When I was a doctoral student at Harvard University, I served as a residential advisor for 27 freshmen. What struck me was the vast diversity of life experiences among these young people living within a single entryway at Harvard. We had direct descendants of the Founding Fathers, whose families had attended the university for untold generations. And in the same suite were students who were the first in their family to complete high school—let alone college—and who had bounced among various shelters for most of their high school career. Some students would come into advising meetings having scoured the course catalog and generated a ranked list of potential courses. But others weren’t quite sure where to begin. More often than not, these decisions were particularly challenging for students from lower-income backgrounds or who were the first in their families to go to college. Lacking access to informed familial experience and guidance, and in the midst of transitioning to a world profoundly different from their home community, these students resorted to simplifying strategies that often led them to courses that were not aligned with their academic interests or goals. As my research has focused on student and parent decision-making in education, I often think back to these advising conversations. If students at the most highly endowed university in the world struggle with these complex decisions, imagine what it’s like for students and families in underresourced communities to make decisions about their own education.
The First Lady Has Something to Say First Lady Michelle Obama is no stranger to confronting these kinds of challenges. As a first-generation college student at Princeton University, she once wrote, “I sometimes feel like a visitor on campus, as if I really don't belong.” She has spoken of her own confusion as a college freshman, from uncertainty in picking classes to getting lost on campus to her shock at fellow students driving BMWs. The First Lady recently launched
Up Next, a
Better Make Room mobile messaging campaign that gives students and families across the country free personalized support on all things college—college search and application, federal student aid, even student loan repayment—all through texting. The campaign is low-cost and
evidence-based; in fact,
research my colleagues and I have conducted shows that this approach can significantly increase students’ college enrollment and persistence, at an investment of only about 15 cents per student served. In our study, 73 percent of students who received the texts enrolled in college immediately after high school compared to only 66 percent of those who did not receive the texts. Similarly, 68 percent of students who received the texts continued on to their sophomore year of college—while only 54 percent of their control group peers did the same.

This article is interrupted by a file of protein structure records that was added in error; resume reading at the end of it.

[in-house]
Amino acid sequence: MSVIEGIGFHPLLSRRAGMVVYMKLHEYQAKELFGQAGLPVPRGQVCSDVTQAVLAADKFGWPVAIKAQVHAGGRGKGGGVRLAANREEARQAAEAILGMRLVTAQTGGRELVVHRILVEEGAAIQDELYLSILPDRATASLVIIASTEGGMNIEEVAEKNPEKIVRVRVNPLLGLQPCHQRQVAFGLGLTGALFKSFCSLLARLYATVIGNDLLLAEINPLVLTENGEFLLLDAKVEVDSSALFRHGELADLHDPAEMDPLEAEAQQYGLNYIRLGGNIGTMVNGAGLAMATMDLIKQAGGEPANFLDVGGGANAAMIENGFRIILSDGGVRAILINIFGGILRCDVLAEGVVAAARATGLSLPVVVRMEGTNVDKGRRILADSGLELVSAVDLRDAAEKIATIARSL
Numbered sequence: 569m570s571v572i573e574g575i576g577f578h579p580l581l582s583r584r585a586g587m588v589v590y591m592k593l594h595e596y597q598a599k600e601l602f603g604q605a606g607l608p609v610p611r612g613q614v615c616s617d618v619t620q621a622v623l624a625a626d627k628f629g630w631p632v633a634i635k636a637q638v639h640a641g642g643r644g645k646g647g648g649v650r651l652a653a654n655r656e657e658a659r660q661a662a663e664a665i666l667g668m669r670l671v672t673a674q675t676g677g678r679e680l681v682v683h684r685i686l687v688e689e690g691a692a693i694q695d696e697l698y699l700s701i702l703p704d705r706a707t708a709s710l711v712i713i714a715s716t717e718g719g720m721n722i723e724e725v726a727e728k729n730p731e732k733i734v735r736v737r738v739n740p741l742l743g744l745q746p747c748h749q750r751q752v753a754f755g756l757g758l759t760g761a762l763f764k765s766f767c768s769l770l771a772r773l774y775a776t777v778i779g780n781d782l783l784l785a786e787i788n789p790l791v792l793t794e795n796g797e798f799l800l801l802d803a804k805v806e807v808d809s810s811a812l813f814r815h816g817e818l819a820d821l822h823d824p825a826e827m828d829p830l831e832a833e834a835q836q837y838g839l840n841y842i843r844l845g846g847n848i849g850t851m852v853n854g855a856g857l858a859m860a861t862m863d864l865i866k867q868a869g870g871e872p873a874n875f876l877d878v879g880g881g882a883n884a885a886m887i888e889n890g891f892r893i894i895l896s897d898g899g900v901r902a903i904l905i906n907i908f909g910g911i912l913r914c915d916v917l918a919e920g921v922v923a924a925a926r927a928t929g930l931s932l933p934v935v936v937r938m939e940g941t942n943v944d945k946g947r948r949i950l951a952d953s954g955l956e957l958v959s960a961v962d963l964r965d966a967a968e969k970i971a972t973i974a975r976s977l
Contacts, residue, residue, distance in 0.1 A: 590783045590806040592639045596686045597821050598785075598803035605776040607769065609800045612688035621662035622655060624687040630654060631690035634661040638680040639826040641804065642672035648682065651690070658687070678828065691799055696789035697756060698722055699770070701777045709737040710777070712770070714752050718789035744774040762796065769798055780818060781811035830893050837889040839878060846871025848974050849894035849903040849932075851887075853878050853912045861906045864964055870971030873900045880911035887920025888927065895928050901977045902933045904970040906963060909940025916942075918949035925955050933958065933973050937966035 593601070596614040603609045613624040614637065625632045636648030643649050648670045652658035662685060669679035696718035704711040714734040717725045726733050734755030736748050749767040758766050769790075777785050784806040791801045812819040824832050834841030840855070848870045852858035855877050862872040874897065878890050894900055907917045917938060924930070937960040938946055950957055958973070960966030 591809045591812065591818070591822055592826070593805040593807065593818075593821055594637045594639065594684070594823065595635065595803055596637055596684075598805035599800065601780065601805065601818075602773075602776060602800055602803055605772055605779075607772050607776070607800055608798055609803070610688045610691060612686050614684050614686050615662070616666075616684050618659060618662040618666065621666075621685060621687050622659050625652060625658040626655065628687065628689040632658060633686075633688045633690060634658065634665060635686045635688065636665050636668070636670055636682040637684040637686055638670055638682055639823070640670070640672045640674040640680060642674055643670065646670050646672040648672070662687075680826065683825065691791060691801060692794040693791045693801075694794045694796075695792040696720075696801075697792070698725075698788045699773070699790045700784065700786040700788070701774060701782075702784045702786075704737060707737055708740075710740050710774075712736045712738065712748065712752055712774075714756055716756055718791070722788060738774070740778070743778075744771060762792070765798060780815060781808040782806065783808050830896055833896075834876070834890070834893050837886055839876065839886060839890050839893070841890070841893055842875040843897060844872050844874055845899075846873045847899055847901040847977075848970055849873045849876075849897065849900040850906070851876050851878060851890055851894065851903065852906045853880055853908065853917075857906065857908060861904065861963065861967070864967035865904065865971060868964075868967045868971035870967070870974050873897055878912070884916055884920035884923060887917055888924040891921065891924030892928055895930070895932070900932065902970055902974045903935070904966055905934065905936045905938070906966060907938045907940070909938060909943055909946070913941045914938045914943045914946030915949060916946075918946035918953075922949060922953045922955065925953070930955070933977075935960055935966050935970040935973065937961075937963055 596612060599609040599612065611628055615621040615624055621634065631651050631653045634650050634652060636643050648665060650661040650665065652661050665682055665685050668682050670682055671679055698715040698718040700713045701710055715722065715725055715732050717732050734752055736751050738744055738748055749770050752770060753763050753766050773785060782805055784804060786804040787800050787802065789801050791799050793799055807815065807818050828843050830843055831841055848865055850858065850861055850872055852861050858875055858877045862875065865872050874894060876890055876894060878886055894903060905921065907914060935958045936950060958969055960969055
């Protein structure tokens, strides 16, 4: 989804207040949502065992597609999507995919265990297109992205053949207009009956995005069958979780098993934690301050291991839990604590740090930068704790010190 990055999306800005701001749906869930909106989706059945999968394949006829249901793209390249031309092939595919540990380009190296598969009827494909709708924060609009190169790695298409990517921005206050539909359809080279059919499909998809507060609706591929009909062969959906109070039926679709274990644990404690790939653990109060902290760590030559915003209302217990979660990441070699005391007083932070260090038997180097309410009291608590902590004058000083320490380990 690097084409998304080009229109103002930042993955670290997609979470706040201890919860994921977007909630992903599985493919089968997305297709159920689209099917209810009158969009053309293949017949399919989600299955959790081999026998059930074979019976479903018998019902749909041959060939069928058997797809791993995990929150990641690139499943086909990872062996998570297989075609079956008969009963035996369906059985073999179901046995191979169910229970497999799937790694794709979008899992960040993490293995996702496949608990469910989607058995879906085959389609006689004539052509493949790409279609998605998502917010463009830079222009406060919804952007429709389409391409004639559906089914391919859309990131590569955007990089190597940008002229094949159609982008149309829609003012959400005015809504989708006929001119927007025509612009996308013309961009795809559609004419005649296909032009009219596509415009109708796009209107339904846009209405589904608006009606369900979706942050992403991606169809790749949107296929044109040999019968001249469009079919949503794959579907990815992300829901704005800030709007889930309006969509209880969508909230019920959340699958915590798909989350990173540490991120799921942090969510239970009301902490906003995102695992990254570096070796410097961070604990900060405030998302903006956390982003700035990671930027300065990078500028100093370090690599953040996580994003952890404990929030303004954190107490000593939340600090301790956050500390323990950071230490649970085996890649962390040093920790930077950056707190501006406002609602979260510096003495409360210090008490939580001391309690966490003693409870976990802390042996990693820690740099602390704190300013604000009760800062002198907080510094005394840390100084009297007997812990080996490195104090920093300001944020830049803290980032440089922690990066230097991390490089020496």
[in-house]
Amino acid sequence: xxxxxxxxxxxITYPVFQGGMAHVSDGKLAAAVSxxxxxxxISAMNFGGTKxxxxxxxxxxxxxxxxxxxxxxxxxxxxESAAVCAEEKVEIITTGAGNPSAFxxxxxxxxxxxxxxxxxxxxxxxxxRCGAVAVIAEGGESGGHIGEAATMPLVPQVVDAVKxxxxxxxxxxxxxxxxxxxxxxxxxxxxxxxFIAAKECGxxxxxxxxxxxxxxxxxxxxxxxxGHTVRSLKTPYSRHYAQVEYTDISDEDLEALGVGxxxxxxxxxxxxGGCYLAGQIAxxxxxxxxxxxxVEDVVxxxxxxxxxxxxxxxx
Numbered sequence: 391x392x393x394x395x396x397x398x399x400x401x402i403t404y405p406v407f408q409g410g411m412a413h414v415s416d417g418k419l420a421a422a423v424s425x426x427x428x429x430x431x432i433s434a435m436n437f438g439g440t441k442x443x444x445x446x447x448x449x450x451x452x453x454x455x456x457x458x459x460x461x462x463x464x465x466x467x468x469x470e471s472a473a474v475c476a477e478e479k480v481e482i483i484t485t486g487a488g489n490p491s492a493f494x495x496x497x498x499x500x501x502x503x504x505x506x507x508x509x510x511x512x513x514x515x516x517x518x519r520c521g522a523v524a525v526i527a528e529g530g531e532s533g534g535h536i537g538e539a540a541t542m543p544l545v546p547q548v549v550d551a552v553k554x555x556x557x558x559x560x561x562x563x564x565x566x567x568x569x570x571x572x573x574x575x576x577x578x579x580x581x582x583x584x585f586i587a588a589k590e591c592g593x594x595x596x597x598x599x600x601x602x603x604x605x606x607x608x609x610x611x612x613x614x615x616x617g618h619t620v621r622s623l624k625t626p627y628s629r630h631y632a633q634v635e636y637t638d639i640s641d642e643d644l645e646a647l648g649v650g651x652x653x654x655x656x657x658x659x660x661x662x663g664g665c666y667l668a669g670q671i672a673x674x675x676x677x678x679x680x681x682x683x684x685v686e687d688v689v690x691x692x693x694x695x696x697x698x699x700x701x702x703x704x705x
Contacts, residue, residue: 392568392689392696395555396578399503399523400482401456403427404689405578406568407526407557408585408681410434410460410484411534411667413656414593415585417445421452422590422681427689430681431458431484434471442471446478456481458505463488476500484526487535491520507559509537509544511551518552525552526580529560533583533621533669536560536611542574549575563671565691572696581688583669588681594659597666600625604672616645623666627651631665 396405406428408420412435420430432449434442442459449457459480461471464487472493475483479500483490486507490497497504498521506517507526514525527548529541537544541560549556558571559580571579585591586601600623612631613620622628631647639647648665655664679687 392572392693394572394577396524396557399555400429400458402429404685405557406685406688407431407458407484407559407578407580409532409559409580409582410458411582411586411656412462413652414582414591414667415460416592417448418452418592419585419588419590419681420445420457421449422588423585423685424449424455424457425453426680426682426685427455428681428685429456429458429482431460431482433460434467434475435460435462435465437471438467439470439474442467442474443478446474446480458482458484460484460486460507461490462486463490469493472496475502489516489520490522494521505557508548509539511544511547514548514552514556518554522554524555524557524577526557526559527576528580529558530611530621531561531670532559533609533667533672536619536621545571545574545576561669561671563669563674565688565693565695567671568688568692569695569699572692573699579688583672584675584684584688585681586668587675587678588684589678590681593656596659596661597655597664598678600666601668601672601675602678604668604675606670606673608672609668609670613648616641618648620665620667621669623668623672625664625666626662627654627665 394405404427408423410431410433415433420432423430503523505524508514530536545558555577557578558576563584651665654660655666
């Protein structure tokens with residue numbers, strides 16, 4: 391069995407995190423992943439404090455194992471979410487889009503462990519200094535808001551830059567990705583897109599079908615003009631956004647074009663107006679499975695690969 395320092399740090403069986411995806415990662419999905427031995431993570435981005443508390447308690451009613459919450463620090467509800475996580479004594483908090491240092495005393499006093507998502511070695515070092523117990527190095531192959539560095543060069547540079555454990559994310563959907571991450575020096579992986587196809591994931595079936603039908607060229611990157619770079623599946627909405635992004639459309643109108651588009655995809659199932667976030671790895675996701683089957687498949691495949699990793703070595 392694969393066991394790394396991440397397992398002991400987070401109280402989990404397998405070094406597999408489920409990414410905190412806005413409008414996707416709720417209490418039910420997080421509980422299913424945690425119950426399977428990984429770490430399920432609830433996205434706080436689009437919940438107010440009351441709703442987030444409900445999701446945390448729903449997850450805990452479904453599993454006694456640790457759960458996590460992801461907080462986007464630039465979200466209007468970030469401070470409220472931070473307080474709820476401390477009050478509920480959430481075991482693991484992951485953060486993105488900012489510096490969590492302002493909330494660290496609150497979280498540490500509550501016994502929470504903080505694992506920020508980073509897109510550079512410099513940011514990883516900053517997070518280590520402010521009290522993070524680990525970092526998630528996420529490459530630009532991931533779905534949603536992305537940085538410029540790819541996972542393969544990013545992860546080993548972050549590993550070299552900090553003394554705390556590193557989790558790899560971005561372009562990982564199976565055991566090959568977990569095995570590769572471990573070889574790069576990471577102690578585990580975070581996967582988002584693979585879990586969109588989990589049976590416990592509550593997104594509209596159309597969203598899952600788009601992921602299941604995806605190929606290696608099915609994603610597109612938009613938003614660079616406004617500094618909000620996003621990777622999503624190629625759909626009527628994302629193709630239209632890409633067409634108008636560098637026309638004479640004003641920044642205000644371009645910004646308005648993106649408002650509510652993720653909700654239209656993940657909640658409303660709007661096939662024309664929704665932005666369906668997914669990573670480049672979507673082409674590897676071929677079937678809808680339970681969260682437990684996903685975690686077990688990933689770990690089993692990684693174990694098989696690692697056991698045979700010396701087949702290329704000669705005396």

How It Works So, here’s how Up Next works. Students text in order to sign up for
Up Next and are prompted to respond to simple questions that help tail
or campaign content for them appropriate to their stage of education. This content continues to adapt to students based on their responses to ongoing automated texts. Better Make Room will also introduce various innovations in the Up Next content over time, from embedding images and video to providing opportunities for students to ask personal questions and receive one-on-one college advising. Up Next guides students through a range of steps toward enrolling in and completing college, sending reminders, information and encouragement. The texts cover topics like taking college entrance exams, applying to a broad range of colleges and universities as well as for financial aid, transitioning to college and navigating new cultural
environments, and making informed decisions about initial borrowing and repayment options for student loans.
All students have to do is text the word COLLEGE to 44044. Better Make Room takes it from there, walking students through the college process from start to finish using Up Next!
Here’s what you can do to help get high school and college students signed up for free college support:
Spread the word, and get students engaged with the First Lady’s campaign!
- Tell students about Up Next.
- Print this sign and put it up in places where students can see it—classrooms, community spaces, school gyms, etc.
- Share about Up Next on social media. You can share this link, or print the sign and take a picture of yourself with it—just like former Secretary of Education Arne Duncan.
Parts of this blog post were adapted from Ben Castleman’s book, “The 160 Character Solution: How Text Messaging and Other Behavioral Strategies Can Improve Education.”.
Ben Castleman is a professor at University of Virginia and senior advisor to Better Make Room.